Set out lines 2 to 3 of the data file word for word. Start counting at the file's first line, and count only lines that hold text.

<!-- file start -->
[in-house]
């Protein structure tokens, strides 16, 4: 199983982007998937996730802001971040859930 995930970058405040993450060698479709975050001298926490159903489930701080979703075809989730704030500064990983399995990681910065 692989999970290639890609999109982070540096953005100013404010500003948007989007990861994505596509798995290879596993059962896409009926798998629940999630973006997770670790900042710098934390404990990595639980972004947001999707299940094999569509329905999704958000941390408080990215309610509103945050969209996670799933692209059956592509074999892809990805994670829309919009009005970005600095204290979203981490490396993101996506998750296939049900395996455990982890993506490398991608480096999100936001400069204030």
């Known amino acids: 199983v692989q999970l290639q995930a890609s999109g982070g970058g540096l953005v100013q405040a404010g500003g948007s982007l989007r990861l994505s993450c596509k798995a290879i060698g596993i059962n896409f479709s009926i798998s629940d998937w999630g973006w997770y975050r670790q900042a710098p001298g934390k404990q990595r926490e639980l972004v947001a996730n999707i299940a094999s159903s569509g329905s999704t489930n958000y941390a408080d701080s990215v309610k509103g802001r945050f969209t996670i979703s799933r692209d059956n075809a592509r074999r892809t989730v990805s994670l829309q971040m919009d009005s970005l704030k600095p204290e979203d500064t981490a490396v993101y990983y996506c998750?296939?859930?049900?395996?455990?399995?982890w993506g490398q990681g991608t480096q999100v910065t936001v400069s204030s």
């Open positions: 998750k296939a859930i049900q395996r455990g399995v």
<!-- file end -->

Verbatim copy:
């Protein structure tokens, strides 16, 4: 199983982007998937996730802001971040859930 995930970058405040993450060698479709975050001298926490159903489930701080979703075809989730704030500064990983399995990681910065 692989999970290639890609999109982070540096953005100013404010500003948007989007990861994505596509798995290879596993059962896409009926798998629940999630973006997770670790900042710098934390404990990595639980972004947001999707299940094999569509329905999704958000941390408080990215309610509103945050969209996670799933692209059956592509074999892809990805994670829309919009009005970005600095204290979203981490490396993101996506998750296939049900395996455990982890993506490398991608480096999100936001400069204030």
């Known amino acids: 199983v692989q999970l290639q995930a890609s999109g982070g970058g540096l953005v100013q405040a404010g500003g948007s982007l989007r990861l994505s993450c596509k798995a290879i060698g596993i059962n896409f479709s009926i798998s629940d998937w999630g973006w997770y975050r670790q900042a710098p001298g934390k404990q990595r926490e639980l972004v947001a996730n999707i299940a094999s159903s569509g329905s999704t489930n958000y941390a408080d701080s990215v309610k509103g802001r945050f969209t996670i979703s799933r692209d059956n075809a592509r074999r892809t989730v990805s994670l829309q971040m919009d009005s970005l704030k600095p204290e979203d500064t981490a490396v993101y990983y996506c998750?296939?859930?049900?395996?455990?399995?982890w993506g490398q990681g991608t480096q999100v910065t936001v400069s204030s």